Mattoon v. SteiffAnnotate this Case
JOHN H. MATTOON, Respondent, v. WILLIAM STEIFF, Appellant.
Robert W. Steel for Appellant.
Manwell & Manwell for Respondent.
Plaintiff commenced an action against defendant to recover the sum of $1,004 alleged to be due from defendant to plaintiff. Defendant filed an answer denying the material allegations of the complaint and also filed a cross-complaint alleging that plaintiff had agreed to do and complete certain work for defendant within a specified time and because of plaintiff's failure to do so defendant had been damaged in the sum of $2,750.
The action was tried by the court without a jury and the court found that defendant rented and hired from the plaintiff a Ford tractor with an operator, at the agreed and reasonable sum of $3.50 an hour for a total of 70 1/2 hours, the total rental earned therefor being $246.75; that defendant similarly rented and hired a TD-14 tractor together with operator at the agreed and reasonable value of $6.50 an hour for 116 1/2 hours, for which defendant became indebted to plaintiff in the sum of $757.25. The court further found defendant was forced to and did expend the reasonable sum of $150 in reworking certain farm lands owned by him for the purpose of making them suitable for his use and that said [123 Cal. App. 2d 513] defendant should be entitled to a credit against the plaintiff's demands in the said sum of $150; and the court concluded that plaintiff was entitled to judgment against defendant in the sum of $854. Judgment was entered accordingly, and in ruling upon and denying defendant's motion for a new trial the court ordered that the findings of fact and conclusions of law be amended in accordance with section 662 of the Code of Civil Procedure so that instead of finding that defendant had hired certain tractors and operators from plaintiff, the findings be made to read that defendant employed plaintiff to use certain men and equipment and agreed to pay plaintiff therefor the reasonable sum of $3.50 per hour for a Ford tractor and $6.50 per hour for a TD-14 tractor.
Defendant has appealed from the judgment and the substance of his contentions are: (1) That the court's findings are not supported by the evidence which shows, without conflict, that respondent undertook, as an independent contractor, to perform a specific job at the prevailing rate for such work, and that respondent did not complete the performance of his contract and therefore is not entitled to recover the contract price; (2) that the court's finding that appellant had to have some of the work redone shows that respondent did not complete his performance under the contract; and (3) that appellant is entitled to judgment in the sum of $900, appellant having lost his crop by reason of respondent's non-performance and the amount sought being the pasturage rental value of the acreage in question. Appellant admits that if there was a hiring of equipment or employment of respondent, then appellant (as hirer or employer) would be responsible for the hours consumed and the result of the work. Appellant does not claim that the hourly rates for the equipment were excessive in themselves, but he does complain that the total charge was excessive--that the job required more work hours than it should have, due to respondent's frequent layoffs and the consequent redoing of work.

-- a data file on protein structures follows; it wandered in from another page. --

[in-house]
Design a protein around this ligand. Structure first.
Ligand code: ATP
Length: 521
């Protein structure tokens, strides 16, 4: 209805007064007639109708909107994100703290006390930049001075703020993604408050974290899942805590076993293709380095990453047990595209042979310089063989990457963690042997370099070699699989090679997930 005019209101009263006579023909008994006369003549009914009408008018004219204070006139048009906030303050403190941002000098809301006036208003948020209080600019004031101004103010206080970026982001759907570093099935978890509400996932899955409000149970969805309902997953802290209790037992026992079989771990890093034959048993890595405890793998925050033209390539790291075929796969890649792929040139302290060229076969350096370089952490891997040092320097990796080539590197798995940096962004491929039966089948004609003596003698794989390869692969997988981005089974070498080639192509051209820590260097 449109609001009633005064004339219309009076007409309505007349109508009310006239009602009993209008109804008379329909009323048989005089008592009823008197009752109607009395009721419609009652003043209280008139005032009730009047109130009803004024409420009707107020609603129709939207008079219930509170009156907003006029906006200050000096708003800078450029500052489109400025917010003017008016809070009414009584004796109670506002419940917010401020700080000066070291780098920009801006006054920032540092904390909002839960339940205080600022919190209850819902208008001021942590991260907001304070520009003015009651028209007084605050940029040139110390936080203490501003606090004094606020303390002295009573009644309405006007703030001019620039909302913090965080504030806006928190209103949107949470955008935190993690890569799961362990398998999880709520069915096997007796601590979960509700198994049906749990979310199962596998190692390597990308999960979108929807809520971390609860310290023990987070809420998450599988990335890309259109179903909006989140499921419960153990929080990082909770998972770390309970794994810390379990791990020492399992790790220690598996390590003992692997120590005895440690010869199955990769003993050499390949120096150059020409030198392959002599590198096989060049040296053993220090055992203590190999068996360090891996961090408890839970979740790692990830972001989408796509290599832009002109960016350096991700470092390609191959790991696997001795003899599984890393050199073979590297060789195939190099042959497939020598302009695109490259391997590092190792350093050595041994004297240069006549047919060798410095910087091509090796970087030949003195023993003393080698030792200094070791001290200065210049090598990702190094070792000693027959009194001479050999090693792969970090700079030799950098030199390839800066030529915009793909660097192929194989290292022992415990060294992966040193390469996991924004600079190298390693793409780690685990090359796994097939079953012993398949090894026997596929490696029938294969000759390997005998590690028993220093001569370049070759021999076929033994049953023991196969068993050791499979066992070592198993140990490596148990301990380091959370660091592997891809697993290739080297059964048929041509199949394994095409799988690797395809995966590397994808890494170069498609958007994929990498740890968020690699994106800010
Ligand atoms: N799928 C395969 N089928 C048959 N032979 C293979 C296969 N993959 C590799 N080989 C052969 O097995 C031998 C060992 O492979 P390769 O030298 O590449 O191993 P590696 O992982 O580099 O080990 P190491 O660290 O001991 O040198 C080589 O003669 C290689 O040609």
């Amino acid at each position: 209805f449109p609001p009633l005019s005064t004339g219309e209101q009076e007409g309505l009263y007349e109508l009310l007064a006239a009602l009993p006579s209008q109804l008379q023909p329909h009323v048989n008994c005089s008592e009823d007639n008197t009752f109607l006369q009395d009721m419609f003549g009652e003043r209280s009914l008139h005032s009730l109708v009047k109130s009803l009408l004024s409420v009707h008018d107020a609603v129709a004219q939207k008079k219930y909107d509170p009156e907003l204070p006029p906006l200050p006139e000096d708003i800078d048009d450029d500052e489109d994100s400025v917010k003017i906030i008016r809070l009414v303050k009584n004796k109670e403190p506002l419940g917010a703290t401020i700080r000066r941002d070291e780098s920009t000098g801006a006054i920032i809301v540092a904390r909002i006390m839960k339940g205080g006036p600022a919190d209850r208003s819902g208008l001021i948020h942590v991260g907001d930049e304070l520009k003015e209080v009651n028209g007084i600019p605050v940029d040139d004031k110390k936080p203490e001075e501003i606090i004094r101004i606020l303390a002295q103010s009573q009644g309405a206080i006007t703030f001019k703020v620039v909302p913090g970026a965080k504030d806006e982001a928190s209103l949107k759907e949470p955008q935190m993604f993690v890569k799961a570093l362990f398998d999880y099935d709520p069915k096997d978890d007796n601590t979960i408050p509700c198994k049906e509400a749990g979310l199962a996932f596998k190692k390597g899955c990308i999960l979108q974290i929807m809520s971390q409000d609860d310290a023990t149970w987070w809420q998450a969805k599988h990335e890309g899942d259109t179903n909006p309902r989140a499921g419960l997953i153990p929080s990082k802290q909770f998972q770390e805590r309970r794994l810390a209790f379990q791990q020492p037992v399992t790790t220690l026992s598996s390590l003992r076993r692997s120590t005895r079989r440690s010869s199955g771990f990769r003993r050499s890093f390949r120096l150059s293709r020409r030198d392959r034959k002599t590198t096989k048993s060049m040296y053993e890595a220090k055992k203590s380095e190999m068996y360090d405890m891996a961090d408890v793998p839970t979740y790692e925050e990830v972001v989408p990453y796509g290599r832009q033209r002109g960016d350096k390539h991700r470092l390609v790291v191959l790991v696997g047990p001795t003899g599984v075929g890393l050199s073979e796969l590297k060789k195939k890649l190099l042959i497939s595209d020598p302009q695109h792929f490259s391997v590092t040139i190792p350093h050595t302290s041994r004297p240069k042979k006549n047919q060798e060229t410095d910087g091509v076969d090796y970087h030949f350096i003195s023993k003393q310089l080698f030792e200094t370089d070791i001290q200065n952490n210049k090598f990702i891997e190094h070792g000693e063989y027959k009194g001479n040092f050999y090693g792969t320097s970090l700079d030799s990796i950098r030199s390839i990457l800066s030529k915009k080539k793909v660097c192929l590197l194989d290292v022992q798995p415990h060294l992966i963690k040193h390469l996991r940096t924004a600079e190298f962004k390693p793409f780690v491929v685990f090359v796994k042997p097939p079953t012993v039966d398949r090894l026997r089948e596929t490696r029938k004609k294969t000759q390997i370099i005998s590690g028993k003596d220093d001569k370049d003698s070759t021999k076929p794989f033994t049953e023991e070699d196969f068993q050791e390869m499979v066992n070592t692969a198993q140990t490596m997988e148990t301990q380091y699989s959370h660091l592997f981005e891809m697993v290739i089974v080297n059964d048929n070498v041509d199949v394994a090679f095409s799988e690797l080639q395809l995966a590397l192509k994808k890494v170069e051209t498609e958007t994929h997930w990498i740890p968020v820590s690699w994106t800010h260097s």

In reviewing the evidence, all conflicts must be resolved in favor of respondent, and all legitimate and reasonable inferences must be indulged in to uphold the judgment if possible. The power of the appellate court begins and ends with a determination as to whether there is any substantial evidence, contradicted or uncontradicted, which will support the conclusion reached by the trial court. When two or more inferences can be reasonably deduced from the facts, the [123 Cal. App. 2d 514] reviewing court is without power to substitute its deductions for those of the trial court. (Estate of Bristol, 23 Cal. 2d 221, 223 [143 P.2d 689].)
According to the record appellant had approximately 30 acres of land which he wanted to plant to clover. The preparation of the land for planting involved disking, landplaning and the construction of checks to contain and channel the irrigation water. Checks are constructed by raising ridges so as to enclose and contain the water within a given area. This work requires special equipment, and at appellant's request respondent furnished equipment and operators to perform the work. Appellant agreed to pay respondent at the rate of $3.50 per hour for work performed with a Ford tractor and equipment, and at the rate of $6.50 per hour for work performed with a TD-14 tractor and equipment. The findings of fact show, and appellant does not deny, that between March 22 and May 18, 1951, the Ford tractor and equipment were used for a total of 70 1/2 hours in performance of the work, and that between March 18 and May 12, 1951, the TD-14 tractor and equipment were used for a total of 116 1/2 hours. The total hours worked and the equipment used are also shown by respondent's testimony.